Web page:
Falls are the leading cause of injury in older adults. How one local company is trying to prevent them from occurring, while allowing older adults to maintain their independence.
- Stories by Author
- Stories by Kristen Thometz
Stories by Kristen Thometz
“The impact it had on people will likely last for far more than two years, and not just from the past two years but also going into the future,” said Mitch Lifson, one of the report’s co-authors.
While Illinois was lauded in a new report for its smoke-free laws and rules on indoor tanning devices, the state is “exceptionally” far behind on comprehensive tobacco-control programs, according to a national cancer advocacy organization.
For black women in Chicago, a breast cancer diagnosis in 2003 meant you were 68 percent more likely to die from the disease than a white woman. A new study shows that gap is closing.
Your mother was right to tell you to eat your broccoli. Eating nutrient-rich foods like broccoli, spinach and kale could slow age-related cognitive decline, according to a new study.
“Blood donations are being distributed to hospitals as fast as donations are coming in, which could lead to delays in patient care,” said Laurie Nehring of the American Red Cross. “We are doing everything we can to prevent that from happening.”
“Both sleep and cortisol are connected to the ability to learn and perform academic tasks,” said researcher Jennifer Heissel. “Our study identifies a pathway by which violent crime may get under the skin to affect academic performance.”
“The message for cancer patients and survivors is: get active,” said researcher Diane Ehlers. “It’s not a magic cure-all, but we’ve seen many benefits of physical activity for cancer patients and survivors.”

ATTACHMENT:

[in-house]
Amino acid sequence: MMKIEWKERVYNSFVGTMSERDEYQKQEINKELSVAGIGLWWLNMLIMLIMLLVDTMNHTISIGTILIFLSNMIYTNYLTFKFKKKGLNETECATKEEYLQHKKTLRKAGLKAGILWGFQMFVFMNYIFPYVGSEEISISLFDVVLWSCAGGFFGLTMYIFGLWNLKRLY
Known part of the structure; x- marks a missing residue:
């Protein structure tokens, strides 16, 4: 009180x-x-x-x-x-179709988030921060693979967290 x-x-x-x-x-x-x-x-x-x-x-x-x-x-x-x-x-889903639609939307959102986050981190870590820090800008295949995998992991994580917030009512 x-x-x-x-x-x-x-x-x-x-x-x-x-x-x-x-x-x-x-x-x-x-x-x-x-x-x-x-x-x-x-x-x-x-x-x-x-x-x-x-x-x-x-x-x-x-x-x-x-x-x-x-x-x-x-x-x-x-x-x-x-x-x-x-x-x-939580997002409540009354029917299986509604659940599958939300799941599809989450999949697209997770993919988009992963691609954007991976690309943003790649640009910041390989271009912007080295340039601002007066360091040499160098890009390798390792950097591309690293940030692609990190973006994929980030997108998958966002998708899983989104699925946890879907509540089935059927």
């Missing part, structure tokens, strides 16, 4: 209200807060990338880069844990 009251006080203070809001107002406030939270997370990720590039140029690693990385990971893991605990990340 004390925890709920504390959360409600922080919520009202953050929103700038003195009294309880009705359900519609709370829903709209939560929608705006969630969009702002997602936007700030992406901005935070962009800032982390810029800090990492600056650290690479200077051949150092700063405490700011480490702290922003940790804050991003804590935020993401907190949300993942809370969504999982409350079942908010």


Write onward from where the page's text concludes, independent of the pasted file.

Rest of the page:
With 20 million American women and 10 million men expected to suffer from an eating disorder sometime in their lives, some are concerned the film could serve as a blueprint.
With one in 10 women reporting drinking during pregnancy and no cure for the disorder, researchers are hopeful two treatments that reversed memory and learning deficits in rats can do the same in humans.
Law enforcement agencies have a new set of guidelines for responding to reports of sexual assault and sexual abuse.
The public is invited to weigh in on public health policy ideas at a series of upcoming town hall meetings. Get dates, locations and more details.
Up to 40 percent of women take antibiotics late in their pregnancies or while nursing. A new study rethinks the common practice of prescribing such drugs when they aren’t warranted.
Older adults who say their lives have meaning are more likely to get a good night’s sleep and less likely to suffer from sleep apnea and restless leg syndrome, according to a new study.
Sepsis affects more than 1 million hospital patients each year in the U.S., but detecting it can take days. Now, scientists at the University of Illinois are developing a rapid test to detect the potentially deadly condition.
In the late 1950s, the Chicago Defender and Pabst Brewing Company sponsored the Miss Wonderful 1958, an all African-American beauty contest. Meet Ernestine Terry, who was one of the contestants.
Dr. Catherine Humikowski described her job at Comer Children’s Hospital as “perfect.” But dealing with trauma—and her own near-death experience in 2013—prompted her to take a break.
While it remains to be seen whether legislators will pass a budget by July 1, here are five local and state laws that go into effect on that date.
“Too many children have died or are traumatized by gun violence,” said Dr. Mark Slidell of Comer Children’s Hospital. “The impact of gun violence on children is a serious public health problem.”
Navigating the ever-changing landscape of health care can be difficult. Meet a local patient advocate who’s made it her life’s work to help others.
Heroin use has more than doubled in young adults over the past decade. A new study evaluates the cost of that addiction on society at large.
Experts are predicting an increase in tick-borne diseases like Lyme disease this season. Find out how to protect yourself—and what to do if you get bitten by a tick.